National Police Suicide Foundation:
“Our nation’s law enforcement officers put their lives on the line every day and the daily stress of their challenging profession can affect their personal lives and mental health. This has led to a shocking spike in suicides among law enforcement and other first responders. By exempting job-related mental health grant funding from the matching fund requirement through the First Responder Resiliency Act, we can ensure that more officers and more departments have the resources and programs necessary to ensure that officers go home safe and healthy, in body and mind,” said Dr. Robert Douglas Jr., founder and executive director of the National Police Suicide Foundation.
American Foundation for Suicide Prevention:
“The American Foundation for Suicide Prevention (AFSP) thanks Representative Kelly for supporting the mental health of our first responders through the First Responder Resiliency Act. Today, police officers and firefighters are more likely to die by suicide than in the line of duty. The First Responder Resiliency Act will make much needed mental health and suicide prevention resources available to first responders in need, serving those who protect and serve our communities. We applaud Rep. Kelly for her leadership in this cause and urge Congress to pass this important legislation into law,” said AFSP’s Senior Vice President and Chief Public Policy Officer John Madigan.
American Association of Suicidology:
“We applaud Congresswoman Kelly’s efforts to ensure the critical and equitable access to community mental health and suicide prevention services for this nation’s first responders. By making it more feasible for communities to apply for grants to provide these services, the First Responder Resiliency Act is an excellent tool in fighting the public health crisis that is suicide. We rely on these individuals to keep the public safe and they absolutely deserve the same care and respect in return,” said Colleen Creighton, CEO of the American Association of Suicidology.
This is news from Congresswoman Robin Kelly’s office.
Risk factors for suicide
The Mayo Clinic website lists several risk factors. Factors that put people at higher risk include:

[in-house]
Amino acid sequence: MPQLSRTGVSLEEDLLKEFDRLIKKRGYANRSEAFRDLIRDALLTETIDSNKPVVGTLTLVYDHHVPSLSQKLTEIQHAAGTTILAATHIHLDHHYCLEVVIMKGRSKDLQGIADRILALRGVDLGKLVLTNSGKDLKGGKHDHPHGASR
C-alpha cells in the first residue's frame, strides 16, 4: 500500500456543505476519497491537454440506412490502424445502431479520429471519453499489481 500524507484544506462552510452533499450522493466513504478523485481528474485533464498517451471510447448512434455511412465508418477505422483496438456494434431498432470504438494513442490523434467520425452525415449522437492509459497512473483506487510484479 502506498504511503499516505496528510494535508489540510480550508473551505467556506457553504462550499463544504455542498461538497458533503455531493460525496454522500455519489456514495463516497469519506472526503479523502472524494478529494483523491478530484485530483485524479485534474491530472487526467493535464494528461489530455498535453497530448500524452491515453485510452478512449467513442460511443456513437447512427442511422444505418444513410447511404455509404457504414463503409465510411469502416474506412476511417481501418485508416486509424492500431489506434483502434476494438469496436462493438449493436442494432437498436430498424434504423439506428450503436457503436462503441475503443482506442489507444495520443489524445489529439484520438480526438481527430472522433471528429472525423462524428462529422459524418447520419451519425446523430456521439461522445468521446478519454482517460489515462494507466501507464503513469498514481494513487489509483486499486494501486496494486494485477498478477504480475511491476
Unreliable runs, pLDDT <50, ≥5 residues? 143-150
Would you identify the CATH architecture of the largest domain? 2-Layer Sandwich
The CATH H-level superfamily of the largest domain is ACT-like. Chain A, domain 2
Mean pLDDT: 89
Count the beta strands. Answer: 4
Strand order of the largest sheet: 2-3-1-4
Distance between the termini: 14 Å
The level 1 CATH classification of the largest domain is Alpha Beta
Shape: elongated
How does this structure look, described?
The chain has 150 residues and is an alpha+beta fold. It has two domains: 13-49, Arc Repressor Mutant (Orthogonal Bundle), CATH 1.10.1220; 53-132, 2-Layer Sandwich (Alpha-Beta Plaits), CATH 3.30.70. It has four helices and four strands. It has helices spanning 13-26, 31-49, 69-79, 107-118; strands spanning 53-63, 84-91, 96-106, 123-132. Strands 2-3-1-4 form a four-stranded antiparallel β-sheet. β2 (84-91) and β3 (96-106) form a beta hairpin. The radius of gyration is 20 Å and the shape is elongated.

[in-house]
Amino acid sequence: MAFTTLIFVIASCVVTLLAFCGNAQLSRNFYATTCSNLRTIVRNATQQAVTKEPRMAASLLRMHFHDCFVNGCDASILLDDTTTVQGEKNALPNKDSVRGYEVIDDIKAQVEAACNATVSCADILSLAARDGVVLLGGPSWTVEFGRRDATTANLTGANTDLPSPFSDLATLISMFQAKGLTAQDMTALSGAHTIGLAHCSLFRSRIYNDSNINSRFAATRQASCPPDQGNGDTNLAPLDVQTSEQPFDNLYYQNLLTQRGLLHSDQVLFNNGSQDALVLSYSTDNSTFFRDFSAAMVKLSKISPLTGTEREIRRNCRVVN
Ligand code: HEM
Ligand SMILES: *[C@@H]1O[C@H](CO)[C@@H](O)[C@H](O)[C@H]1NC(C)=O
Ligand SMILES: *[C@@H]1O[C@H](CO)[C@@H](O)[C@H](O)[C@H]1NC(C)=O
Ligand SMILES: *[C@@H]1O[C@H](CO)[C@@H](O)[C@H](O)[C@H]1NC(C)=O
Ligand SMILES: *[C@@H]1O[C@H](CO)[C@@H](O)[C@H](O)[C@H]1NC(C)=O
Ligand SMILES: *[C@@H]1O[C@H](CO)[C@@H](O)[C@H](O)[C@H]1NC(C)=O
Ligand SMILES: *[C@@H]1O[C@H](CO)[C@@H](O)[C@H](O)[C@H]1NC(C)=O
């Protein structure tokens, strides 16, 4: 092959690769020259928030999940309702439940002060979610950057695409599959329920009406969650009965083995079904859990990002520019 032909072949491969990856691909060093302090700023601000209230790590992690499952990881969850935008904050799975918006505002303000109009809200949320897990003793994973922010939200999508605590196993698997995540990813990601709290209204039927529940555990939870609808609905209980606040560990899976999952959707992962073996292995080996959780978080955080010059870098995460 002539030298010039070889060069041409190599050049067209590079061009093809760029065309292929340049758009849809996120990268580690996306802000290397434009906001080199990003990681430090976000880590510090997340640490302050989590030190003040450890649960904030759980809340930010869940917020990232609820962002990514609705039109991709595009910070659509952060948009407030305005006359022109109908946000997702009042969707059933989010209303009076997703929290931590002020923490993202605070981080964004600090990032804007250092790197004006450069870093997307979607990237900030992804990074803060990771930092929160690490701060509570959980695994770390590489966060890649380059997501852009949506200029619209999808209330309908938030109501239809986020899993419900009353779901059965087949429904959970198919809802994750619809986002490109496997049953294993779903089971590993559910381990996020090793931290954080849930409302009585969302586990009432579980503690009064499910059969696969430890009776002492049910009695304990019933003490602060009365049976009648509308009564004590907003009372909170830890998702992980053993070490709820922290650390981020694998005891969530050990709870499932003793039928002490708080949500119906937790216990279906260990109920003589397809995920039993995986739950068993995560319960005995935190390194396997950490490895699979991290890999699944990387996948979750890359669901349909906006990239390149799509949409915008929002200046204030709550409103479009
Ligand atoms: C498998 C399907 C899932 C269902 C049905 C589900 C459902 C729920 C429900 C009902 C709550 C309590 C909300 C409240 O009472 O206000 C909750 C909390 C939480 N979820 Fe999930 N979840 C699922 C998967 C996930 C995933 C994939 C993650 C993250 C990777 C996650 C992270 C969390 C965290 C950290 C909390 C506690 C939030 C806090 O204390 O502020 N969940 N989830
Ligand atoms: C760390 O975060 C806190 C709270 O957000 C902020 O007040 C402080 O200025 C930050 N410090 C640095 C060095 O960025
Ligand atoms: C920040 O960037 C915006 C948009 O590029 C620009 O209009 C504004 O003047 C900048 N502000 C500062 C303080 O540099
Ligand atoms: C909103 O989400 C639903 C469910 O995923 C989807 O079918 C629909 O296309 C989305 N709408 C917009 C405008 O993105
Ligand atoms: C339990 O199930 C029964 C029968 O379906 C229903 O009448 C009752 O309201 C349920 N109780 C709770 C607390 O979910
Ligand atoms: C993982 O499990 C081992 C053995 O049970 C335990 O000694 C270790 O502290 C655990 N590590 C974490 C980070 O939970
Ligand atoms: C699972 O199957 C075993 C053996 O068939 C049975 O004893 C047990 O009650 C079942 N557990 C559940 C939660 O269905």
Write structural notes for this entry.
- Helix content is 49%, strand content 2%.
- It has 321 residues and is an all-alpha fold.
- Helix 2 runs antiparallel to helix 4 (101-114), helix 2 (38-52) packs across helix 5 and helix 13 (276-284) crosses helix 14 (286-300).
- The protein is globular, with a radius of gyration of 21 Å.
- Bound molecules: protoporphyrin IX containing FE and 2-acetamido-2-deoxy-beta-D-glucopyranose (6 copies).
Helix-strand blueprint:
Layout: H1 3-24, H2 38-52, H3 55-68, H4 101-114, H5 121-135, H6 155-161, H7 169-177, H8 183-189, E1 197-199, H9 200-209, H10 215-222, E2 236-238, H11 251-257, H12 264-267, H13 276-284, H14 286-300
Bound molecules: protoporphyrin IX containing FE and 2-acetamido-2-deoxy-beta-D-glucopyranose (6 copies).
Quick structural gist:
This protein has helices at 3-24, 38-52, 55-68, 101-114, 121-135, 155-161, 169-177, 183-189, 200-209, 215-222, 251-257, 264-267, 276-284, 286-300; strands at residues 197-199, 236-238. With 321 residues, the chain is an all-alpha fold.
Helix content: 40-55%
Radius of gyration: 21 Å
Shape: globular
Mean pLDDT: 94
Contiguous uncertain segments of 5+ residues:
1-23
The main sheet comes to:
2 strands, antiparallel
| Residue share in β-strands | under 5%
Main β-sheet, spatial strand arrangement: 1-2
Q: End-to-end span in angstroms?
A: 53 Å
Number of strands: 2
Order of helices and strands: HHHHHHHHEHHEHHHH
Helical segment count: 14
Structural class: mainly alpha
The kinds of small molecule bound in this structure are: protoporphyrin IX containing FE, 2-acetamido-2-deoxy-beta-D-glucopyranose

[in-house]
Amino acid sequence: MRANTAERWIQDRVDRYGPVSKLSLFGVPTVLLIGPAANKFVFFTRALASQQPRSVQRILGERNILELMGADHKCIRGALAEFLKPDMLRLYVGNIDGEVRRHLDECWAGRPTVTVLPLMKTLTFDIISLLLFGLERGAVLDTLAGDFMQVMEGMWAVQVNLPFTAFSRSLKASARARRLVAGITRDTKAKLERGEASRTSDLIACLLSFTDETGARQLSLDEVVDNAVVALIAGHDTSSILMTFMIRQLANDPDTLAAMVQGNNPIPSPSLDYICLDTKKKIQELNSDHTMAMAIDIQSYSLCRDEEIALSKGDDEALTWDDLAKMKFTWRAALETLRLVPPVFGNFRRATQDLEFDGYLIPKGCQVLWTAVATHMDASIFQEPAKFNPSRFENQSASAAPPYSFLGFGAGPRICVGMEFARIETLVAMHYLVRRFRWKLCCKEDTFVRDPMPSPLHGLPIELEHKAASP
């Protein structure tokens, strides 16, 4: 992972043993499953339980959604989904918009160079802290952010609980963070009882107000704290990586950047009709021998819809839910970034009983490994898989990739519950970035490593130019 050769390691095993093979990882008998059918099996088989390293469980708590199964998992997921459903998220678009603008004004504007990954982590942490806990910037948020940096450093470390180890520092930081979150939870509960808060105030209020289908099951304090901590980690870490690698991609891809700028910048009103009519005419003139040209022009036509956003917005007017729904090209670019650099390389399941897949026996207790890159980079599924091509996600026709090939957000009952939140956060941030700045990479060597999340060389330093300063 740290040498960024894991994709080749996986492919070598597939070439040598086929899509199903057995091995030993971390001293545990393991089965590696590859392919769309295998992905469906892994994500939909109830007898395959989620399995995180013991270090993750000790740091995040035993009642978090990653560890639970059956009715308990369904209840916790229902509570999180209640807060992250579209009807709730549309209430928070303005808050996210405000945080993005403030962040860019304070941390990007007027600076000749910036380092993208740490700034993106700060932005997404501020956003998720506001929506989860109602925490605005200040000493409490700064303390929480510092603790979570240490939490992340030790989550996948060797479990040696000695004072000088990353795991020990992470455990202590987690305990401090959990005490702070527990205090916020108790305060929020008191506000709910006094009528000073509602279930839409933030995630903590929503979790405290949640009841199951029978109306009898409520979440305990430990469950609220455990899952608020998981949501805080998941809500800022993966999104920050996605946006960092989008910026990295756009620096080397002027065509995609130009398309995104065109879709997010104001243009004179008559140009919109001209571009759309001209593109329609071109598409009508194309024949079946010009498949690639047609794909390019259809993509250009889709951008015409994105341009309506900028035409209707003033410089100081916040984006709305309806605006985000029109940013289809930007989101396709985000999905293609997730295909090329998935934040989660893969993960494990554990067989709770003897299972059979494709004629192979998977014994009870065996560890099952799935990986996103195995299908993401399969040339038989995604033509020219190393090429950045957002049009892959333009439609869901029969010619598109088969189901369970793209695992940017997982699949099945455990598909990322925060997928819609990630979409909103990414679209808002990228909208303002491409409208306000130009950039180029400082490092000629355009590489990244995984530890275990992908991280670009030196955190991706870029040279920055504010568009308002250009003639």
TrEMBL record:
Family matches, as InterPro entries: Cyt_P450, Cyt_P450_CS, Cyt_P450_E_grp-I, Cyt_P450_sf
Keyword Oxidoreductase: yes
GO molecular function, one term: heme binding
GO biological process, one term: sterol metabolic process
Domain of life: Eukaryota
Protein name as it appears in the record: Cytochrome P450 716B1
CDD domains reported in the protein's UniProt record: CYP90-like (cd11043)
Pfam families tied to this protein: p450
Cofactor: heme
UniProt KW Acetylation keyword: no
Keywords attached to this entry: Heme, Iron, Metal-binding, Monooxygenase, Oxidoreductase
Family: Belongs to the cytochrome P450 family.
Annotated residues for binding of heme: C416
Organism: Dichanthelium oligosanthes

- A prior suicide attempt
- Having a psychiatric disorder, such as depression, bipolar disorder, schizophrenia or personality disorders
- Alcohol or substance abuse
- A family history of mental disorders or substance abuse
- A family history of suicide
- Family violence, including physical or sexual abuse
- Firearms in the home
- A significant medical illness, such as cancer or chronic pain
Potential warning signs of suicide
While stressing that some people don’t reveal any suicidal feelings or actions, the Mayo Clinic website lists some typical warning signs:
- Talking about suicide, including making such statements as “I’m going to kill myself,” “I wish I were dead,” or “I wish I hadn’t been born”
- Withdrawing from social contact and having an increased desire to be left alone
- Wide mood swings, such as being emotionally high one day but deeply discouraged the next
- Preoccupation with death and dying or violence
- Changes in routine, including eating or sleeping patterns
- Personality changes, such as becoming very outgoing after being shy
- Risky or self-destructive behavior, such as drug use or unsafe driving
- Giving away belongings or getting affairs in order
- Saying goodbye to people as if they won’t be seen again
Joanna Drackert, NCC LPC, who also serves as a guidance counselor at Marian Catholic High School, provided the following comments in light of this tragic event, “Suicide is a very permanent solution for what may feel like an overwhelming obstacle in your or someone else’s life. Remember to take the feelings of hopelessness seriously. There are people who will listen and help and really care. If you are in need of help please call the hotline number or contact a counselor, teacher, clergy, doctor, parent, or friend. DO NOT ISOLATE YOURSELF. You do not have to be alone. Reach out immediately!”
Ms. Drackert provided the number of the Hopeline Network, 1-800-SUICIDE (1-800-784-2433).